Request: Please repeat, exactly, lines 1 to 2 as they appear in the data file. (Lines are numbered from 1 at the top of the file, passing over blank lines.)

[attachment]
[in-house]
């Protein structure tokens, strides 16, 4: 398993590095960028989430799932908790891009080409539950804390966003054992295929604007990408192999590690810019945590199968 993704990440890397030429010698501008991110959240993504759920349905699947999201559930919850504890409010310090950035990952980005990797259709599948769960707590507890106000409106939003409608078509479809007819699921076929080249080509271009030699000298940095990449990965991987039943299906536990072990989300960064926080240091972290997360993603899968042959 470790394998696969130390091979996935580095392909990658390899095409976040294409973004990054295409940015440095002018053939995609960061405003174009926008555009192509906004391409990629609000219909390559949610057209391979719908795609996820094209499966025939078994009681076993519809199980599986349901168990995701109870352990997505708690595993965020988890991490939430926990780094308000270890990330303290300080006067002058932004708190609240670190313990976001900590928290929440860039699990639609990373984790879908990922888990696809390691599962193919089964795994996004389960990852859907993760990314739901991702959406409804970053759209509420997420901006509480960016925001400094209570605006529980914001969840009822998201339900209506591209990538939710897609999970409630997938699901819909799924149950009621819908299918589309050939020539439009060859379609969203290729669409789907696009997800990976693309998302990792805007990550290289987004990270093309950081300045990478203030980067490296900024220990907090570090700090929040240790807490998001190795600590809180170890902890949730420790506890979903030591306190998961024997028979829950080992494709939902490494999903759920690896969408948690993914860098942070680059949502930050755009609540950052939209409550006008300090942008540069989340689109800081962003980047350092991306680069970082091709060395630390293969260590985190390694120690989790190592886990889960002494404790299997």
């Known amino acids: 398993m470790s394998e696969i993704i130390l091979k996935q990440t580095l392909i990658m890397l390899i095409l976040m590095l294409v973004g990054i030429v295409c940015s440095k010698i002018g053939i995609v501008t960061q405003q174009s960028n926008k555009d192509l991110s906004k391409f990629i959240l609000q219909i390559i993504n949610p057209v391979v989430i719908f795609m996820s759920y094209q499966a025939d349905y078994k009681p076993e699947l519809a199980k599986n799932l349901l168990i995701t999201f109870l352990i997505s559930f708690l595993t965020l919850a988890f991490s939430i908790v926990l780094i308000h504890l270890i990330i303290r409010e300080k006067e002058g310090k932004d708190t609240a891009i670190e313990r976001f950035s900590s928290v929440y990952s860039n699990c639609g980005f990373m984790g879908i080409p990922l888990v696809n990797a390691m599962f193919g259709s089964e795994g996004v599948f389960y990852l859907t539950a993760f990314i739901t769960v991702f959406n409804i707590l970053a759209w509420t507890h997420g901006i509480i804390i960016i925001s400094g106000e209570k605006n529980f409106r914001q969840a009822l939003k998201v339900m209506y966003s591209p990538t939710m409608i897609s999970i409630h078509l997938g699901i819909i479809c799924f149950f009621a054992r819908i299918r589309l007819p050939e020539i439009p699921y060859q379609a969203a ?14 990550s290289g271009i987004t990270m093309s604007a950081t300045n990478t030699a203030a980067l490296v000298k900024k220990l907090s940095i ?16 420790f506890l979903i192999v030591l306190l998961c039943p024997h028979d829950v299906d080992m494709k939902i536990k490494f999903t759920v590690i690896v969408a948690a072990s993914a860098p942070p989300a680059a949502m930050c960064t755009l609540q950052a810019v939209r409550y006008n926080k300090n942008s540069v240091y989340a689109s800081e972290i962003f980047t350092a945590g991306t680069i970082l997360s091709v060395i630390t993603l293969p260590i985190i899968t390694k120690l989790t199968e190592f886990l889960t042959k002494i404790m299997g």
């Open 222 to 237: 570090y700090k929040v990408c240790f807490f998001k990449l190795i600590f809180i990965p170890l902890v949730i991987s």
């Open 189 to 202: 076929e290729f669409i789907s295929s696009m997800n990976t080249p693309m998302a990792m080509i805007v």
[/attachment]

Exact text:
[in-house]
């Protein structure tokens, strides 16, 4: 398993590095960028989430799932908790891009080409539950804390966003054992295929604007990408192999590690810019945590199968 993704990440890397030429010698501008991110959240993504759920349905699947999201559930919850504890409010310090950035990952980005990797259709599948769960707590507890106000409106939003409608078509479809007819699921076929080249080509271009030699000298940095990449990965991987039943299906536990072990989300960064926080240091972290997360993603899968042959 470790394998696969130390091979996935580095392909990658390899095409976040294409973004990054295409940015440095002018053939995609960061405003174009926008555009192509906004391409990629609000219909390559949610057209391979719908795609996820094209499966025939078994009681076993519809199980599986349901168990995701109870352990997505708690595993965020988890991490939430926990780094308000270890990330303290300080006067002058932004708190609240670190313990976001900590928290929440860039699990639609990373984790879908990922888990696809390691599962193919089964795994996004389960990852859907993760990314739901991702959406409804970053759209509420997420901006509480960016925001400094209570605006529980914001969840009822998201339900209506591209990538939710897609999970409630997938699901819909799924149950009621819908299918589309050939020539439009060859379609969203290729669409789907696009997800990976693309998302990792805007990550290289987004990270093309950081300045990478203030980067490296900024220990907090570090700090929040240790807490998001190795600590809180170890902890949730420790506890979903030591306190998961024997028979829950080992494709939902490494999903759920690896969408948690993914860098942070680059949502930050755009609540950052939209409550006008300090942008540069989340689109800081962003980047350092991306680069970082091709060395630390293969260590985190390694120690989790190592886990889960002494404790299997």